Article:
What the Palestinian student elections reveal

by Stephen M. Flatow
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Why is it that there are no candidates who oppose violence and support peaceful coexistence with Israel?

(JNS) Want to know what tomorrow’s Palestinian Arab leaders believe? You don’t have to look far. Just check out the results of the latest student elections in Palestinian Authority universities.

While Palestinian adults don’t have many opportunities to vote—P.A. leader Mahmoud Abbas is now in the 18th year of his four-year term, and the last P.A. parliamentary election was in 2006—Palestinian university students continue to periodically conduct their own campus elections.

The results can be enlightening—in a frightening way.

On May 17, students at An-Najah National University in Nablus (Shechem,) chose their representatives. Note that An-Najah is not some minor institution. With 24,000 students, it is the largest university in the P.A.-governed territories.

Three parties won seats in the election. Each of them is affiliated with one of the major Palestinian terrorist groups. The Islamist bloc, affiliated with Hamas, won 40 seats. The Shabiba bloc, affiliated with Fatah, which carries out terrorism through its Al-Aqsa Martyrs Brigade, won 38. The remaining three seats were won by a group representing the Popular Front for the Liberation of Palestine (PFLP) terrorists.

Hamas, Fatah and the PFLP have minor ideological and tactical differences. But they agree on the most important point: All of Israel is “occupied Palestine,” and murdering Israeli Jews is the way to “liberate” it.

Was the outcome of the An-Najah student elections some kind of fluke? Hardly. A week later, on May 24, elections were held by students at another major P.A. campus, Birzeit University in Ramallah. 

Once again, three terrorist groups competed for votes. The Hamas list (known as the Islamic Wafa bloc) won 25 seats. The Fatah candidates (called the Yasser Arafat bloc) won 20. And the PFLP (running as the Progressive Democratic Students) won six.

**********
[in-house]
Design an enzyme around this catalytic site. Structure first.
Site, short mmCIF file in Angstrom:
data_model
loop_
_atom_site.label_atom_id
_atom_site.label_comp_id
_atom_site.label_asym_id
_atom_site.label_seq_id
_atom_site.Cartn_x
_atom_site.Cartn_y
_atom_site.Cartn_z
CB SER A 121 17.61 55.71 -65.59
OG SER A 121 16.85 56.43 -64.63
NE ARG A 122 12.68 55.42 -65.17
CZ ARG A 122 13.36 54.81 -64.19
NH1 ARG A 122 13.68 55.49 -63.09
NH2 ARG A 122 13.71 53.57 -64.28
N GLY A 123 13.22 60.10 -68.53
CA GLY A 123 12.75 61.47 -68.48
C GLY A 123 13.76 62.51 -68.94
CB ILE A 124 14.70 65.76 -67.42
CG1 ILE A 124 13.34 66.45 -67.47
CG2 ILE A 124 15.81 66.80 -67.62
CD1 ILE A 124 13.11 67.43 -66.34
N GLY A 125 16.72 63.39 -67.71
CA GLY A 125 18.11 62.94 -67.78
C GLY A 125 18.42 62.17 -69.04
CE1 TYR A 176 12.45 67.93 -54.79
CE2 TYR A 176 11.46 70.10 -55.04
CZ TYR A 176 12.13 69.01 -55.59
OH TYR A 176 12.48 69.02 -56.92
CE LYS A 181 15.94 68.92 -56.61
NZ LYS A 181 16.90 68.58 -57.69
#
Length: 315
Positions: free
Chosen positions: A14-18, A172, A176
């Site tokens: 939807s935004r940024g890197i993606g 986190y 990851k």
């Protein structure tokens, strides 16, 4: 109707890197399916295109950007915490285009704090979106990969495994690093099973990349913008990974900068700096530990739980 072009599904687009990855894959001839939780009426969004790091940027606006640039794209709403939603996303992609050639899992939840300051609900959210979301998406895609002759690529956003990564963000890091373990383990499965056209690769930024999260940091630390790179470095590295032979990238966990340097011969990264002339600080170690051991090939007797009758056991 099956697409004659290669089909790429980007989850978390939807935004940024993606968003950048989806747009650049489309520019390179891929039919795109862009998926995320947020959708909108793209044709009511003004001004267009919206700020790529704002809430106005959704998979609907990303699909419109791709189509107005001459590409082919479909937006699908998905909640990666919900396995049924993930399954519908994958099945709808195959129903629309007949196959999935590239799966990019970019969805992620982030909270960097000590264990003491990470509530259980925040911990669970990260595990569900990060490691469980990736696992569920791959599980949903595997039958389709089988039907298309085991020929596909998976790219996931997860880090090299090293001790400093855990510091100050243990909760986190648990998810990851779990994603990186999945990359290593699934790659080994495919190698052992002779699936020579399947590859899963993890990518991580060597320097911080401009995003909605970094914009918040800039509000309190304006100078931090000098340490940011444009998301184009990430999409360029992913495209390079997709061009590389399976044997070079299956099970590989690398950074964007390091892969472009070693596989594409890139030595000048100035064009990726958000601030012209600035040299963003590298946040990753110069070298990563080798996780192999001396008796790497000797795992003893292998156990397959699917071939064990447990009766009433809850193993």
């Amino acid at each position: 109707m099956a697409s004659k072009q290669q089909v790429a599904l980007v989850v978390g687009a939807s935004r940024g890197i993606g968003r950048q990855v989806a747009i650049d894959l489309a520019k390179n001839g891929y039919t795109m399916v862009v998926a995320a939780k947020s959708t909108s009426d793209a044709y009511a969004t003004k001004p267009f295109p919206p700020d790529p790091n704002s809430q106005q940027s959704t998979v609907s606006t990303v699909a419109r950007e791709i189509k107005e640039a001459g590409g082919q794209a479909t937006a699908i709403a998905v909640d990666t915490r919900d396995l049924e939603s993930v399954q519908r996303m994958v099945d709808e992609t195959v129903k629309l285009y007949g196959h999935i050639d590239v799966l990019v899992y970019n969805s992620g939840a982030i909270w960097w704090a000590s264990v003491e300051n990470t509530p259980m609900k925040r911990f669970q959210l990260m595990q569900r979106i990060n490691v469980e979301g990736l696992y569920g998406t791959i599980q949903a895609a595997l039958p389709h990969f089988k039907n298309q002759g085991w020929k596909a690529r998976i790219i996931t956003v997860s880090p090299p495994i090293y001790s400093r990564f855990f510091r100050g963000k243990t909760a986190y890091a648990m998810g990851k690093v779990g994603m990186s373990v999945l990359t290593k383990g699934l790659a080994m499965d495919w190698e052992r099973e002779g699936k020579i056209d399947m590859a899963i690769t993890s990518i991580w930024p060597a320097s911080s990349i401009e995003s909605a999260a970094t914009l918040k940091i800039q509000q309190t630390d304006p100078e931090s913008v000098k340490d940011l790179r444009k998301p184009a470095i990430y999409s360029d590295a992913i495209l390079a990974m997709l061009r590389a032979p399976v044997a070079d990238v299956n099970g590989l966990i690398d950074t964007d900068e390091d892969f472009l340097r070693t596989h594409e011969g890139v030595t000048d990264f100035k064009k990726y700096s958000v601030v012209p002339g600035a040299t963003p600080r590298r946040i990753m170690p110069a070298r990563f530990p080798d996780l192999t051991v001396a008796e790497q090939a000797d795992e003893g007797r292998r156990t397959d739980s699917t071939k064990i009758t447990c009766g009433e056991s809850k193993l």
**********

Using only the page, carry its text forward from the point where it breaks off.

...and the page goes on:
Why is it that in P.A. university campus elections, there are no candidates who oppose violence and support peaceful coexistence with Israel? Why is it that support for terrorism and destroying Israel is so widespread on these campuses that pro-peace students don’t even bother running?

Nablus, where An-Najah is located, and Ramallah, where Birzeit is located, are under complete P.A. control. Palestinian Arab children raised in those cities grow up without seeing a single Israeli in their cities. There are no soldiers stationed there, no military governor, no “settlers” occupying their land.

They weren’t born hating Jews. And they didn’t become haters because they were occupied or persecuted. They grew up in an environment controlled by the PA. And that environment was supposed to be shaped by the Oslo II agreement, signed by Israel and the P.A. in 1995, which states (Chapter 4, Article XXII, clause 1) that the P.A. is required to “abstain from incitement, including hostile propaganda” against Israel and Jews.

Yet for the past 28 years, the P.A. has done exactly the opposite of what it pledged to do. For 28 years, an entire generation of Arab children was raised in an environment that should have been free of incitement and antisemitism. According to the Oslo agreement, the P.A. was supposed to foster peace and nonviolence through its schools, news media and popular culture.

Instead, it has done the opposite. It names streets and parks after terrorists. It pays salaries to imprisoned terrorists and dead terrorists’ families. P.A. schools teach that Arab terrorists are heroes and Jews are hook-nosed racist monsters. P.A. official maps in government offices and schoolrooms alike show all of Israel as “Occupied Palestine.”

The result? Violent, antisemitic children who grow up to be violent, antisemitic teenagers and then go off to college, where they vote for violent, antisemitic parties in their student elections.

The news of the Palestinian student elections was not reported on CNN or in The New York Times. It was not the subject of any press releases from J Street or Americans for Peace Now. You would think that such media agencies and organizations would be very interested in the subject of opinion trends in Palestinian Arab society. After all, the students who are casting ballots on P.A. university campuses today are going to be tomorrow’s Palestinian Arab leaders.

But that’s the problem. Acknowledging that soon-to-be Palestinian Arab leaders are unanimous in their support for terrorist groups reminds the public how dangerous it would be to create a Palestinian state. It means admitting that “Palestine” would be a terrorist state and Israel—reduced to nine miles wide—would be put in mortal danger.

So, the critics of Israel and most of the major news media are hoping that Israelis and American Jews will not notice the results of the P.A. student elections. Because they don’t want the public to know that the P.A. has raised a generation of haters, and now those chickens are coming home to roost.


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